Most college football teams with 4-5 records are looking to reach six wins and bowl eligibility, and the majority of teams with 2-3 league marks aren’t thinking about conference championship games and league titles.
Because it's playing in the Sun Belt Conference’s West Division, that’s not the case for UL-Lafayette. In fact, the Cajuns control their own destiny and enter a stretch of three regular-season-ending games in which they’ll be favored or at least an even bet.
If they win all three, they’ll be an unexpected championship-game participant.
“We’ve positioned ourselves where the end of the season matters,” said Cajuns coach Billy Napier, whose team welcomes Georgia State (2-7, 1-4) at 4 p.m. Saturday at Cajun Field. “I think that’s important. It’s unique because we have a number of conference losses, but it still matters relative to the title and the championship game.”
The Cajuns (4-5, 2-3) are one game behind UL-Monroe (5-4, 3-2) in the West Division. Those two teams meet in Monroe in two weeks, and that game could well decide who represents the West in the Sun Belt’s inaugural championship game Dec. 1.
Both teams still have work to do before that becomes a reality, but UL-Lafayette is a two-touchdown favorite over the Panthers on Saturday and will likely be the same next weekend when the Cajuns host South Alabama (2-7, 1-4) in the home finale.
“We always look at it one game at a time, take care of the next team first and move on,” said linebacker Ferrod Gardner, the Cajuns’ leader with nine tackles in last week’s 26-16 loss at Troy. “But coach Napier told us we have the pen in our hand and we can write our own destiny, and we believe in that.
“It’s a playoff vibe, win or go home, so we’re going to treat this one like a playoff game.”
The Cajuns may need that against the Panthers in the first meeting between the squads since 2015 thanks to the alternating Sun Belt schedule. UL-Lafayette has never lost to Georgia State, but the past two games have been decided by a total of five points.
Georgia State has lost four in a row, but that’s not from a lack of offense. In fact, dual-threat quarterback Dan Ellington has helped the Panthers average 460 yards and more than 33 points per game in the past three outings. Ellington ranks third in the Sun Belt in passing and total offense and is GSU’s leading rusher with 471 yards and five TDs.
Backup quarterback Aaron Winchester threw for 112 yards and rushed for 37 more, scoring a touchdown both ways in last week’s 40-31 home loss to Texas State.
“They do some things really well on offense, especially at the quarterback position,” said cornerback Koa Haynes of the GSU quarterbacks. “They’re both skill guys that like to run, that’ll be a challenge for us.”
“Both (Ellington) and (Winchester), they’re versatile,” Gardner said. “We have to stop the pass and stop the run.”
That’s been a struggle for the Cajuns, who rank 125th nationally in third-down defense (Georgia State is 124th) and have given up more than 400 yards in seven of their past eight games.
They also have to contend with junior Penny Hart, last year’s Sun Belt leader in receptions and yards and the No. 4 career receiver in league history. The speedy Hart, who also handles kick returns, enters the weekend as the nation’s leader in career receiving yards per game (81.5).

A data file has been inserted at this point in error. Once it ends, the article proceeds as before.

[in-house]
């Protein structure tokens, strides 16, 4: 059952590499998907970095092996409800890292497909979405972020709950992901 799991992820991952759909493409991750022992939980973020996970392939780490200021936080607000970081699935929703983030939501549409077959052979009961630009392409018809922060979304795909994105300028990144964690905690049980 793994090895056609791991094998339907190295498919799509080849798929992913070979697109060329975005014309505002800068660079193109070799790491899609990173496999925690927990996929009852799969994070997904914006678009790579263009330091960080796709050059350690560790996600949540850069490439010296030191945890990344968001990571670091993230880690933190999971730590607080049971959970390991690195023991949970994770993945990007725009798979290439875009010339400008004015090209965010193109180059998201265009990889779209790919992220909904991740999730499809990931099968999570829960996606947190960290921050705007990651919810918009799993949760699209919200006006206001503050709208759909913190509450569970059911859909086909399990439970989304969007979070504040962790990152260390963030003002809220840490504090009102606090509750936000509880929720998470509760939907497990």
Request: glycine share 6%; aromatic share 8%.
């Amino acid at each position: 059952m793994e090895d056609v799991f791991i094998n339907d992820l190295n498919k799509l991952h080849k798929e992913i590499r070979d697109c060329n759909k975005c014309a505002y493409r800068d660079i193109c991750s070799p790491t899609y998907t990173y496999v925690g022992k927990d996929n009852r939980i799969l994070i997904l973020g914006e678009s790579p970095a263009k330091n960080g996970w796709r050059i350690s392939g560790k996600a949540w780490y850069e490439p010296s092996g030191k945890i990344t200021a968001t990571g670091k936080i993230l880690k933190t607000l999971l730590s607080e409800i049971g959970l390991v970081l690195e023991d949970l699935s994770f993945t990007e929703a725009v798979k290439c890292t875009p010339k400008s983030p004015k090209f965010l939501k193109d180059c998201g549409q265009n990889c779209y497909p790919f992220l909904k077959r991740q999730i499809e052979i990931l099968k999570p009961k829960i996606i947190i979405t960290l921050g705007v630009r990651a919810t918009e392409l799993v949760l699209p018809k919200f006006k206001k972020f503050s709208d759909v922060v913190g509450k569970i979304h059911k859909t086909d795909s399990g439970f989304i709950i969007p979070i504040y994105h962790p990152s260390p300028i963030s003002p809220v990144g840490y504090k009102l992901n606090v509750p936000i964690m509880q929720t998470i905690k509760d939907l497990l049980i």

“They’ve got terrific skill folks,” Napier said. “Their O-line is young but you can see they’re making improvement and running the ball more effectively, and they’ve got dynamic people that we have to contain at all times.”
Opponents have run into similar issues containing the Cajuns offense, which ranks second in the Sun Belt and is the league’s most balanced (1,957 rush yards, 2,037 pass yards). That’s been especially true at home — UL-Lafayette has put up 113 points and more than 1,300 offensive yards in its past two Cajun Field appearances, including a 47-43 upset of Arkansas State two weeks ago that put the Cajuns in control of their destiny in the West.
“We’re definitely going to have to find a way to shore up some defensive effort to control their offensive team,” Georgia State coach Shawn Elliott. “(The Cajuns) are big and physical up front and can move people off the football, and, when you can do that, that’s a concern. They’ve got downhill runners, and their quarterback puts them in a good situation. They’ve got a lot of dangerous talent.”
Trey Ragas, the Sun Belt’s second-leading rusher, had his fifth 100-yard game of the season with 106 yards and two scores against Troy. He’ll also benefit from the hoped return of backfield mate Elijah Mitchell, who missed the Troy game with a neck injury suffered in practice and a game-time decision for Saturday.
Ragas has 840 rush yards this season and Mitchell 565, and both have eight rushing scores.
“We know we have a lot of offensive weapons,” Gardner said, “and coach Napier knows how to use them and make everyone look like a superstar. As a defense, we want to pitch a shutout, but we know our offense can put up points and that’s a relief for us. That works both ways, we have to hold our own, but we appreciate that offense.”